“En Español Esa Palabra No Tiene Ningún Sentido:” A Cross-Case Analysis of Three Mexican American Dual Language Teachers’ Language Ideologies and Instructional Differences
International Multilingual Research Journal
This study profiles three Mexican American, dual language teachers in a qualitative cross-case analysis and asks (a) How do dual language teachers’ linguistic backgrounds influence their language ideologies?; (b) How are language ideologies evidenced in teachers’ instructional practices? Participants could be perceived as homogenous Mexican American women but had diverse linguistic backgrounds and ideologies. They include one native Spanish speaker born and educated in Mexico, one native Spanish speaker who was born in Mexico and attended high school in the United States, and one first-generation Mexican American teacher who was recovering Spanish as a heritage language. Interviews and classroom observations from a California school with a dual language strand were the primary sources of data. Findings show that the teachers’ varied linguistic backgrounds influenced their language ideologies, and their language ideologies were apparent in distinct language development instructional practices. Teachers’ surface-level homogeneity masked varied ideologies that influenced their instructional decisions in complex and sometimes problematic ways. Implications include the need for greater focus on language ideologies in teacher preparation and policy changes to support bilingual teacher development.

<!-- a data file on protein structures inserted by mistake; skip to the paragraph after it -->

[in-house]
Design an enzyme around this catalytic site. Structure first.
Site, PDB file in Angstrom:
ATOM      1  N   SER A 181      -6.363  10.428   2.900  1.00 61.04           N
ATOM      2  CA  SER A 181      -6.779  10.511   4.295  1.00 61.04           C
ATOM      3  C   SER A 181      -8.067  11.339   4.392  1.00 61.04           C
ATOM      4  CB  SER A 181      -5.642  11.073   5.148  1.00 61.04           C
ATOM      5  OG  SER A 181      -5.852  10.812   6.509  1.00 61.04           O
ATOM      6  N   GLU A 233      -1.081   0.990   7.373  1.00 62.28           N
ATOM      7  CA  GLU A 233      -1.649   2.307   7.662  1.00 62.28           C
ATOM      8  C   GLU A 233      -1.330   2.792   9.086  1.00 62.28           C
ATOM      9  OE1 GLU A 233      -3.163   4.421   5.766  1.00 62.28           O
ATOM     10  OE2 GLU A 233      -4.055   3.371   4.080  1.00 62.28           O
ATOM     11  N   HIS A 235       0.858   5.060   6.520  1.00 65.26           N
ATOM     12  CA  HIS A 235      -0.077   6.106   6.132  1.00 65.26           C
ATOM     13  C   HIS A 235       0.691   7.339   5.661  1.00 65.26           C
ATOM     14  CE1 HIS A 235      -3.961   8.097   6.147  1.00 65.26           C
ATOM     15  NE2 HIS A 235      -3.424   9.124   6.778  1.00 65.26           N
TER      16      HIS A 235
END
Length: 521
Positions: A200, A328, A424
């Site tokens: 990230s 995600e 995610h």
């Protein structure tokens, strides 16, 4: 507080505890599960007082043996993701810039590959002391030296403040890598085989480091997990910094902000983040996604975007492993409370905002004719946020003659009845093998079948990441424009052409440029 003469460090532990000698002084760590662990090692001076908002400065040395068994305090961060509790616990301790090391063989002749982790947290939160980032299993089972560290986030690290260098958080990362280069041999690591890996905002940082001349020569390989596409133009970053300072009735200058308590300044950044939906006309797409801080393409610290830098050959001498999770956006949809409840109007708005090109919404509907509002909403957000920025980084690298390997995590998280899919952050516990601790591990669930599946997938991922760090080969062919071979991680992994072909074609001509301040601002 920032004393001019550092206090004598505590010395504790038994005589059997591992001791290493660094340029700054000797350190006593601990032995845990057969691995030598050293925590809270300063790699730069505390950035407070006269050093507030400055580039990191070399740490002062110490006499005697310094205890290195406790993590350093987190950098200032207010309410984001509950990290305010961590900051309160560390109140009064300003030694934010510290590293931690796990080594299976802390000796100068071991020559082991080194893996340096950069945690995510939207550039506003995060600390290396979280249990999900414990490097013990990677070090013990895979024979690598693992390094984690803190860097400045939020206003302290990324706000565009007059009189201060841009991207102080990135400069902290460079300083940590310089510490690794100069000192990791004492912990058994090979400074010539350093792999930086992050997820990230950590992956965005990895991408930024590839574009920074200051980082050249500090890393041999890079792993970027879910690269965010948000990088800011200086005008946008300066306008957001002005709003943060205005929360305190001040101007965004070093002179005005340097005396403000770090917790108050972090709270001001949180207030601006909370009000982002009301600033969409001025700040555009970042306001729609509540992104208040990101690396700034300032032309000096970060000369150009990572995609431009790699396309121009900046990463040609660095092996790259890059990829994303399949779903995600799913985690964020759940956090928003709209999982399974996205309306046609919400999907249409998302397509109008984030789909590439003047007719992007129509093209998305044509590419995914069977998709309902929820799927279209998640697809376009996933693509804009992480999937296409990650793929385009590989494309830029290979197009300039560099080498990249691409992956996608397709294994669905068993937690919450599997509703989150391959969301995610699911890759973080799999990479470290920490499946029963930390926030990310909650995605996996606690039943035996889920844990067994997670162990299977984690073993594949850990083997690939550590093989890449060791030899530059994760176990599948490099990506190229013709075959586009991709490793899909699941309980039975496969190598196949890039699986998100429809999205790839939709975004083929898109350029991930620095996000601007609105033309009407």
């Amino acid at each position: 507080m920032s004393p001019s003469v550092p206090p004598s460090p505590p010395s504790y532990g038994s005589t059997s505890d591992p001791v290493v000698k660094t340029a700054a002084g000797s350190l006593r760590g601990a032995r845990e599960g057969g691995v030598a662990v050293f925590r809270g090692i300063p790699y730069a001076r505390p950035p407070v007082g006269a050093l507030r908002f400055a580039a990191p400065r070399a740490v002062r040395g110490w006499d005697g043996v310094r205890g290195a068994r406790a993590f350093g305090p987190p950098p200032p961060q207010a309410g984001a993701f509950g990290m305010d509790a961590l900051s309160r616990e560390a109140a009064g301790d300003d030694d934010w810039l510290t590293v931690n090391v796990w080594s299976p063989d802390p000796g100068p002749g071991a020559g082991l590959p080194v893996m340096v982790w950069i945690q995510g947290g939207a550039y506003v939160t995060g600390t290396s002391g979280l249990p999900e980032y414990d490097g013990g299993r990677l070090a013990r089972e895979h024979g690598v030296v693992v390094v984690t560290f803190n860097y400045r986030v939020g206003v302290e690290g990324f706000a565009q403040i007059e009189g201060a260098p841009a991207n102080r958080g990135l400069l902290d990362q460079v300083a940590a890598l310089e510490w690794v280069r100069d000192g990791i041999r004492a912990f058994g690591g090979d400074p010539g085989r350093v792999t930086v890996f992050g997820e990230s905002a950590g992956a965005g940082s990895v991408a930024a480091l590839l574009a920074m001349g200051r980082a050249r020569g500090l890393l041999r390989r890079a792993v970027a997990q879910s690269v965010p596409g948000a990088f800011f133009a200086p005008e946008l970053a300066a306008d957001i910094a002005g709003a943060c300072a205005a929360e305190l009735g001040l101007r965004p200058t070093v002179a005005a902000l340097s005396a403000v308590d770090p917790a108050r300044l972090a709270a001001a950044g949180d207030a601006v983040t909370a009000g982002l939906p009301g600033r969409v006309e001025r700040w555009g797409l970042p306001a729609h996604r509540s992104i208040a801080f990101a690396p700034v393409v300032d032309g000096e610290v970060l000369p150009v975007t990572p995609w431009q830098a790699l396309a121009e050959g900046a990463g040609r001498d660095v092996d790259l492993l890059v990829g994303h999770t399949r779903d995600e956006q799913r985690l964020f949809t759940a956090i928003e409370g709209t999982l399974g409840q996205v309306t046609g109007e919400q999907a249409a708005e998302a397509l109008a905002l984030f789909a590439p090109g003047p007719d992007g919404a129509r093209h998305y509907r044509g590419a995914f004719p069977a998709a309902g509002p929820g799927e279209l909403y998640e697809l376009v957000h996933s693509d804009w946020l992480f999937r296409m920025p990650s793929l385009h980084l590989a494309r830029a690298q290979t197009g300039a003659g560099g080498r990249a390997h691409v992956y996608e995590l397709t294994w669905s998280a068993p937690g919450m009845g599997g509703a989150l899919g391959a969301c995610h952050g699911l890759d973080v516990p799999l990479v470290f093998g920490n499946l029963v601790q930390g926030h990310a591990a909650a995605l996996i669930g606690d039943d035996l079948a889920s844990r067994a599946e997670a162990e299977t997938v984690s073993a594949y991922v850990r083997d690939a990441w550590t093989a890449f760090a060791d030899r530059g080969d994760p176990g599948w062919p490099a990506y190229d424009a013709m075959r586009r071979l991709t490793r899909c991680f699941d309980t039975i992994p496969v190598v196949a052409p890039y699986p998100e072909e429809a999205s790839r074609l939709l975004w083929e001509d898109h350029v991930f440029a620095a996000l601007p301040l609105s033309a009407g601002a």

Bilingual teachers, language ideologies, dual language
Allison Briceño. "“En Español Esa Palabra No Tiene Ningún Sentido:” A Cross-Case Analysis of Three Mexican American Dual Language Teachers’ Language Ideologies and Instructional Differences" International Multilingual Research Journal (2018): 288-301. https://doi.org/10.1080/19313152.2018.1470436
This article has been accepted for publication in International Multilingual Research Journal. The version of record can be found here.